Daniel Munteanu
Technical Product Manager
Blog

Measuring IPsec Dynamics on VPN Gateways

October 4, 2018 by Daniel Munteanu

IPsec is not going away anytime soon, despite many past predictions of its obsolesce. IPsec is deployed across multiple environments ranging from the traditional enterprise and mobile/carrier scenarios, and now in data centers and cloud infrastructures.

Leaving aside the market adoption and evolution of IPsec (which might be an interesting dedicated blog topic), in this blog, we’ll explore the outcomes that different environments trigger when using IPsec and the growing diversity of the technology.

While working with customers to validate IPsec in different kinds of deployments, lately there are a recurring set of requirements that are targeted at testing the dynamic nature of both the data plane path as well as the IPsec tunnel itself.

Therefore, I wanted to share some of my experience with such testing scenarios and briefly describe how to assess the capability of a VPN gateway to handle IPsec tunneling in dynamic environments.

Real-Life Environments are Dynamic

First, I will start with the data plane part and how to make sure that data plane traffic goes hand in hand with the IPsec tunnel establishment.

Testing the capability of a VPN gateway to handle a certain number of new IPsec tunnels per second (i.e., initialization rate) is not really complete unless the data plane traffic is synchronized with the tunnel setup so that traffic will start as soon as the IPsec tunnel is up. Obviously, there is also the other approach where you can first bring up all the IPsec tunnels and only then start the data plane traffic (in which case, while the performance figure might look good on the paper, its real-life applicability is limited).

Indeed, in real production environments (or most of them) IPsec tunnels are brought up to perform data plane traffic and not for the sake of having yet another underutilized encapsulation/tunneling/protected communication channel.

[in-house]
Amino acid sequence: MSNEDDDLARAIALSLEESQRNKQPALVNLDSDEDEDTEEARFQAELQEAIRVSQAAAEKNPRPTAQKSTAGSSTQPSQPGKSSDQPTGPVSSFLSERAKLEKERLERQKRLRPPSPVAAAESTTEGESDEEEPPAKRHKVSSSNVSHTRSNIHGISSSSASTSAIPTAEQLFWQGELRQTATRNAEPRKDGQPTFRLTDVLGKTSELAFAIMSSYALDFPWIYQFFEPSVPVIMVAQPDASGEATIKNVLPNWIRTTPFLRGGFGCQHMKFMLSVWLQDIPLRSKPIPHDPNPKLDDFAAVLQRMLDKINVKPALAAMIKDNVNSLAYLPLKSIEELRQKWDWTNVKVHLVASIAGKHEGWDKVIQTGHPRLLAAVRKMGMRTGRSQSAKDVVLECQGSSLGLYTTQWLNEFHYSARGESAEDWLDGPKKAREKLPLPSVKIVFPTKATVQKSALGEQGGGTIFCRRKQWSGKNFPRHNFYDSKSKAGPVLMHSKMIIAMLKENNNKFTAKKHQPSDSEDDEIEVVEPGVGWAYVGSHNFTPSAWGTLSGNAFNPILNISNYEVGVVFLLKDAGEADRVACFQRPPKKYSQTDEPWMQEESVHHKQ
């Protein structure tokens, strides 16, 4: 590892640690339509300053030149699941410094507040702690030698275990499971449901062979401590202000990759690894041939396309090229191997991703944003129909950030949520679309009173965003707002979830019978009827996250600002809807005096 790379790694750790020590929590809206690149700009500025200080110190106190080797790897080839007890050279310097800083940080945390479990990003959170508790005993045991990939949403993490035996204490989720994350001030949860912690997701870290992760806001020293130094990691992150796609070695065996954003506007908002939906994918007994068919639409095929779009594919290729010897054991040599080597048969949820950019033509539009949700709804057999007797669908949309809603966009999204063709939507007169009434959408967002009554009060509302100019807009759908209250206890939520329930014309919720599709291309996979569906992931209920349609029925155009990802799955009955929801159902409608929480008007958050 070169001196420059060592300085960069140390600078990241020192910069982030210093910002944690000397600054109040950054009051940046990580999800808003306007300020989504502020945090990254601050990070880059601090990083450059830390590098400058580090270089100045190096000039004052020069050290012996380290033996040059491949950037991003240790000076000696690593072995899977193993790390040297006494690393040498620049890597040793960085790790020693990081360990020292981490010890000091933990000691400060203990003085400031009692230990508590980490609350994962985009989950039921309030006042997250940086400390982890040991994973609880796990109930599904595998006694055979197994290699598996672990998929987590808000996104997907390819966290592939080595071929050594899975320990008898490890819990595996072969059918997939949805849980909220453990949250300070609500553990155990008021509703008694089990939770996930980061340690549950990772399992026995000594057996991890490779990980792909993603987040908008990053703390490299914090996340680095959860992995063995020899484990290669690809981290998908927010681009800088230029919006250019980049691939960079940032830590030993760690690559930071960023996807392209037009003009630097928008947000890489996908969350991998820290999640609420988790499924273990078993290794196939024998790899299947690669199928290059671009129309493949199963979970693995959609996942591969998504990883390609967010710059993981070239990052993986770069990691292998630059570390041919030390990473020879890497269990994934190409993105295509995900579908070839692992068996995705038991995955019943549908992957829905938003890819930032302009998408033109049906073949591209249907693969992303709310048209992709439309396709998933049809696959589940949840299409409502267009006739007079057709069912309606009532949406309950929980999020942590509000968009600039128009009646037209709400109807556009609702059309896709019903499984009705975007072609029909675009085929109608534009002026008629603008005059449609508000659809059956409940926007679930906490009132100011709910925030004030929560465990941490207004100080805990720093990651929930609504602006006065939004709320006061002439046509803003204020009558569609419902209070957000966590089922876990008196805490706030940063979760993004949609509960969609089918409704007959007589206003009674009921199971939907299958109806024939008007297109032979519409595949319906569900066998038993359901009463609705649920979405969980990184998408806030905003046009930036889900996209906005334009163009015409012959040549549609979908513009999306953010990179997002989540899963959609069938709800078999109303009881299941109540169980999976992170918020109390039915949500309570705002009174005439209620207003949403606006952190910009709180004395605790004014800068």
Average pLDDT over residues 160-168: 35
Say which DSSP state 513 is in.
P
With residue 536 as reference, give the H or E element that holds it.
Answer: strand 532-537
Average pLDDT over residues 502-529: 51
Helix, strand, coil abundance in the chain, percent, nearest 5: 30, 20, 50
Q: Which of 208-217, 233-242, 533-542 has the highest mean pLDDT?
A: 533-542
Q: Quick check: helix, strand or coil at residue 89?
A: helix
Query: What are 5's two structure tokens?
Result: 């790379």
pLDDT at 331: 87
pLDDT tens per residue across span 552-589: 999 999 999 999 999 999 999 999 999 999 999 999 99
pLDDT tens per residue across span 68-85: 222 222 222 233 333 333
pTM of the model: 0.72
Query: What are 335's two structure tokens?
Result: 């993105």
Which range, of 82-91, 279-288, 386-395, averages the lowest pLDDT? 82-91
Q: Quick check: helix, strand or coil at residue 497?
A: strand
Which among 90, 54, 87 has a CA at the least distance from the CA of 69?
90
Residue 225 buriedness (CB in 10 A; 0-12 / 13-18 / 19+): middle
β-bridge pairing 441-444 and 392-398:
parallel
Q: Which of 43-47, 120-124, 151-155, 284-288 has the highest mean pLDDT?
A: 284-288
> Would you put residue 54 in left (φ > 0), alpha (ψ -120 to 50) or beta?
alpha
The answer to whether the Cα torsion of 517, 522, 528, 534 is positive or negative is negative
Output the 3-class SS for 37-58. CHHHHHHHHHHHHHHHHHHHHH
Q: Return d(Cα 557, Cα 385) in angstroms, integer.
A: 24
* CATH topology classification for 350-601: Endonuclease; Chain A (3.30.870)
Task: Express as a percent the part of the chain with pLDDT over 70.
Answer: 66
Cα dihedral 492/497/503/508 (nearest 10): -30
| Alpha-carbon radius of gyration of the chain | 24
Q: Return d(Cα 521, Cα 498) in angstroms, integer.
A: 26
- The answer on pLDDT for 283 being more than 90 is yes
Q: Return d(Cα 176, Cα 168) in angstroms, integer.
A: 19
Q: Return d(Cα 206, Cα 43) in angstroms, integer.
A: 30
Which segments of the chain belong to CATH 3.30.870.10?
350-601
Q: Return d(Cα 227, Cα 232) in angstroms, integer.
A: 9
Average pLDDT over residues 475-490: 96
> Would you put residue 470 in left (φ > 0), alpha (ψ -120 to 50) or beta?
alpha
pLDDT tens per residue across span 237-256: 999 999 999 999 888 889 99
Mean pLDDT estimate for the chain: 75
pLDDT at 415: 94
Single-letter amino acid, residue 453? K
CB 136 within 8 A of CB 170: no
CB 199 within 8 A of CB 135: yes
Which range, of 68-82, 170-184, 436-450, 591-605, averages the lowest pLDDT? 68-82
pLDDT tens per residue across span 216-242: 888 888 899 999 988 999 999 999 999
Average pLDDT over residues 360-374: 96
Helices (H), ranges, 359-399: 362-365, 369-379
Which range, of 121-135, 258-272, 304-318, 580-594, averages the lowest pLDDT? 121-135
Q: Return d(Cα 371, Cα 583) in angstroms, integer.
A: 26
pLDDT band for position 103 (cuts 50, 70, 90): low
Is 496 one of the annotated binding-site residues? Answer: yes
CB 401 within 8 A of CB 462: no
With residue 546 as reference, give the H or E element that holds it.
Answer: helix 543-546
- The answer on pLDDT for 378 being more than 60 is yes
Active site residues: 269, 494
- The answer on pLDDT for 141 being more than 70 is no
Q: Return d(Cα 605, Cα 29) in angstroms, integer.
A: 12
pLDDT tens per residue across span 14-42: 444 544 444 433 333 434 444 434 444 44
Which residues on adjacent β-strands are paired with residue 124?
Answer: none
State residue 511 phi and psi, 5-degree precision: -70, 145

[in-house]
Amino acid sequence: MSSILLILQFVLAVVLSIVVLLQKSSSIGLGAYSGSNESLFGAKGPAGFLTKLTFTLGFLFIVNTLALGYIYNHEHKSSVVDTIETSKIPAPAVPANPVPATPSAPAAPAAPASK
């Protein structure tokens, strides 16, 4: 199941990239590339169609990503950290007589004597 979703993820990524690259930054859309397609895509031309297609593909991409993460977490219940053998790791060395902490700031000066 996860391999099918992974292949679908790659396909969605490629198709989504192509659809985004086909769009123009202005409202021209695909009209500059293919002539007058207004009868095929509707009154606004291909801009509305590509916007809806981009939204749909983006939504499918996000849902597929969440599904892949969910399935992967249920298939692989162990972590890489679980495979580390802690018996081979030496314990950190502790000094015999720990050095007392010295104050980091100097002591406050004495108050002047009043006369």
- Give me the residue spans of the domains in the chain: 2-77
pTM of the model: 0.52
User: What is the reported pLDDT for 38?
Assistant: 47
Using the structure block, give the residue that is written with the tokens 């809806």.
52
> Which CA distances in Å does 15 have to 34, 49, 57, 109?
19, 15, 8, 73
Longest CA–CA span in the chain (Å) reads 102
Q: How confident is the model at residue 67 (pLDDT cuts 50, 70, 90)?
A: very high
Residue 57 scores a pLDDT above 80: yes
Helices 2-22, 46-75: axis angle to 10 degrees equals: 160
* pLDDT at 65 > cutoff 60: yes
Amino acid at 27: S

The other dynamic aspect is the fact that across the lifecycle of any VPN gateway, tunnel sessions are connecting and disconnecting on a continuous basis (in some environments more, in others less), putting an additional stress on the stability of the VPN gateway device. Therefore, similar to the previous point, the question is again, how will the VPN gateway cope with such dynamic sessions across long periods of time?

A test tool having the ability to both emulate real user behavior as well as dynamic sessions is needed to run such complex, yet mandatory, tests and accurately validate the real capabilities of any device offering IPsec VPN gateway services.

Test Example: Validating the Performance of a VPN gateway under real-life dynamic conditions 

In the below paragraphs we will use IxLoad, Ixia’s solution for testing multi-play services, application delivery platforms, and network security appliances, to test a real IPsec VPN gateway device (further referenced as the DUT, or device under tests).

IxLoad can emulate the entire environment necessary to properly test the DUT for the previously described conditions, namely:

  • Emulate the IPsec clients initiating the IPsec tunnels
  • Emulate the data plane endpoints performing traffic as soon as the tunnels are up
  • Emulate the protected/clear-text servers located behind the DUT
  • Emulate the dynamic conditions of the network caused by IPsec tunnels being torn-down and re-established

Therefore, in the next paragraphs, we will see how these dynamic conditions are configured as well as interpret the test results.

We will start from an already configured IxLoad test, but if you do not have it configured or don’t know how to do it, don’t panic, there are plenty of canned templates to start from in the IxLoad client application under File -> New -> Templates -> IPsec folder as per the below screenshot:

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First, let’s look at the initial dynamic requirement and make sure that traffic will start as soon as each tunnel is up. Under the NetTraffic global Settings (see below screenshot), the control plane behavior can be selected.